NAJAF, Iraq—A multimillion-dollar U.S.-Iraq venture to rebuild the holy city of Najaf, damaged by war and years of neglect, will bring new clinics, new schools and new roads, Najaf's top reconstruction official said Tuesday.
One thing that won't be part of the new landscape is radical Shiite cleric Muqtada al-Sadr's office, from which he launched the insurgency that laid siege to Najaf for five months and devastated the city center in clashes with American forces last month.
Najaf Gov. Adnan al-Zurufi is seeking approval from Shiite spiritual leaders and from the prime minister's reconstruction committee to create a 131-yard-wide building-free zone around the Grand Imam Ali Shrine. Al-Sadr's office would be razed in the process.
The proposed clearing is nearly twice the size already approved for a clear zone aimed at increasing security and allowing easier access for religious pilgrims and visitors to the shrine, said Zurufi's chief of staff, Majid Sahib Jabreen. The shrine is holy to Shiite Muslims worldwide.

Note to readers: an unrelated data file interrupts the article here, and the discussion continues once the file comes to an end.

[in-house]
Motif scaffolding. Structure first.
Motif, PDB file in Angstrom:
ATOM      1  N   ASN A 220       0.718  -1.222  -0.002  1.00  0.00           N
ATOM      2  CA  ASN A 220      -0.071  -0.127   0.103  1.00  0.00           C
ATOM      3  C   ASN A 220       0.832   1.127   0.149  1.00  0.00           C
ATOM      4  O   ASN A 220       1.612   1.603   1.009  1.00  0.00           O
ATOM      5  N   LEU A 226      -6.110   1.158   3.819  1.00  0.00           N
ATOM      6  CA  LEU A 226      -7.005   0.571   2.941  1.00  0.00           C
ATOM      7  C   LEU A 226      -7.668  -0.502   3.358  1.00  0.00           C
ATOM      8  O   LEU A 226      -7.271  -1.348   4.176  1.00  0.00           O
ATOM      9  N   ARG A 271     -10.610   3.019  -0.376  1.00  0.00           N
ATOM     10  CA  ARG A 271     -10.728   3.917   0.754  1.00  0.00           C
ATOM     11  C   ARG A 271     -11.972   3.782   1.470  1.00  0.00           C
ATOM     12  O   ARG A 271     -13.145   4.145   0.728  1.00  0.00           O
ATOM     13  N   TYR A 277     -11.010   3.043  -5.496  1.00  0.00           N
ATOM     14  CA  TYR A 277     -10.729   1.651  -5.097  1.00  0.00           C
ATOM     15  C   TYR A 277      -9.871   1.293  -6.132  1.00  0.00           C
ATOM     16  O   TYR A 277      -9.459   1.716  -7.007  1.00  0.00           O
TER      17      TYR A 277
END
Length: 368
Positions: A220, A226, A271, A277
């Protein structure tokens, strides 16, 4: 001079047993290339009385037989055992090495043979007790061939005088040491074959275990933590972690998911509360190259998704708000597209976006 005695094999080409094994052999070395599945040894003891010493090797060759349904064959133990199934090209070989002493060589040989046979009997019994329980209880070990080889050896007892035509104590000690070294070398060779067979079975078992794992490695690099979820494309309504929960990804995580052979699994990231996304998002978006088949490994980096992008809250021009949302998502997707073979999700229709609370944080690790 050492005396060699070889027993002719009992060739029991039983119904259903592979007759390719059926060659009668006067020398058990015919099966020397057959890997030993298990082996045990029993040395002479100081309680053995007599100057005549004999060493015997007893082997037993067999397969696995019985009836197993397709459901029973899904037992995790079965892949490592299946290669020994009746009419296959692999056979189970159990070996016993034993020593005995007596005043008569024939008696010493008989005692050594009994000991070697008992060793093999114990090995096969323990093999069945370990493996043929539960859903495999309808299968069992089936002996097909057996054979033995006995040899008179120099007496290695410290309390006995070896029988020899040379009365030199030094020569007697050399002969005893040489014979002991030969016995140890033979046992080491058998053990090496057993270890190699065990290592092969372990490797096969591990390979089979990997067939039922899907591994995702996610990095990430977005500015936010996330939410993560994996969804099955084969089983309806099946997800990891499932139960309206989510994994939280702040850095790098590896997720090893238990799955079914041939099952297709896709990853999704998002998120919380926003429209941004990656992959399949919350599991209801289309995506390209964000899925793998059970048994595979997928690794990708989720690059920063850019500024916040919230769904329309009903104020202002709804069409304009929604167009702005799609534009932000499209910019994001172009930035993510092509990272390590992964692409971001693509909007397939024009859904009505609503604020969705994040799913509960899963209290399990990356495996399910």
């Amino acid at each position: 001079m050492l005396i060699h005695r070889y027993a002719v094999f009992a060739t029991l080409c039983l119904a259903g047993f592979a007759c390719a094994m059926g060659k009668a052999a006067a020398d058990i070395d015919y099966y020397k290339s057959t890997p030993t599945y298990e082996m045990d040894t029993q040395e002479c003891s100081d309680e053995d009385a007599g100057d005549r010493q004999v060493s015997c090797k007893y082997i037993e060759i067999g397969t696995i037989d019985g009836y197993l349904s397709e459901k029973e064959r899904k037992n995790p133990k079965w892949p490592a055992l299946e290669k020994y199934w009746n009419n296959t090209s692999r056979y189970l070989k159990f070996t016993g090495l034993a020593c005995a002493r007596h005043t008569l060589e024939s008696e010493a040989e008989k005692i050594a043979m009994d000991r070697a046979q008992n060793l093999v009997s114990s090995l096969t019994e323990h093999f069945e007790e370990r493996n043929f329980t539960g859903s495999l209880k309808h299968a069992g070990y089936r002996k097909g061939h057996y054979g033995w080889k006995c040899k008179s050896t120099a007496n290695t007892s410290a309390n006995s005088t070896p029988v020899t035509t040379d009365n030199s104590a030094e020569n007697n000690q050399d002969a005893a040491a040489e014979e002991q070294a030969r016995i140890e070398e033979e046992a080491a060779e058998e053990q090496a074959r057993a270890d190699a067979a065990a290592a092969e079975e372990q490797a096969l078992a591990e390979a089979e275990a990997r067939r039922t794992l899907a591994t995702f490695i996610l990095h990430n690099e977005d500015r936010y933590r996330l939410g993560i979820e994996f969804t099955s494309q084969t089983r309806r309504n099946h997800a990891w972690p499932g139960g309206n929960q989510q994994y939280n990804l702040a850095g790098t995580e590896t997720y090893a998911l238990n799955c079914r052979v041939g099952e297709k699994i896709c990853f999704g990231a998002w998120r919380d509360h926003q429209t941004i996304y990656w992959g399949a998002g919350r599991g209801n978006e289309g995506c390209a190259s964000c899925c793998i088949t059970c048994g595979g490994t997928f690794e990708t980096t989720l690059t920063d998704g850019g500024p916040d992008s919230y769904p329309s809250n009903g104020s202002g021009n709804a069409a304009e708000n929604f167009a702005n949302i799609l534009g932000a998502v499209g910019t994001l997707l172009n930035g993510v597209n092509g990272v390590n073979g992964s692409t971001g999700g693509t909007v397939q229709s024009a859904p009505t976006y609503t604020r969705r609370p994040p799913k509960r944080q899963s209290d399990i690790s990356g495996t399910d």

Even if they stick with a 71-yard-wide zone, the office will have to go, Jabreen said.
"Everybody wants that (zone) because it'll help a lot visitors and pilgrims to come and visit the shrine," he added.
With the street outside the shrine the site of some horrific attacks since the toppling of Saddam Hussein, increasing security around the holy compound is a major concern for Najaf authorities.
But al-Sadr advisers, already steaming over recent police raids and demonstrations against the cleric to force him out of Najaf, see it as another ploy to weaken him. Abandoning his location near the shrine would likely reduce the legitimacy of his movement, which relies heavily on his being linked to the Shiite hierarchy in Najaf. Al-Sadr's legendary father, who was slain by Saddam's regime, was part of that elite.
An al-Sadr spokesman on Tuesday dismissed Zurufi as an American puppet and said al-Sadr won't budge on his say-so. Only Grand Ayatollah Ali al Husseini al-Sistani, who brokered a deal between al-Sadr and the Iraqi interim government that ended the battle in Najaf last month, can make that decision, spokesman Hossam al-Husseini said.
An al-Sistani spokesman refused to comment.
(c) 2004, Knight Ridder/Tribune Information Services.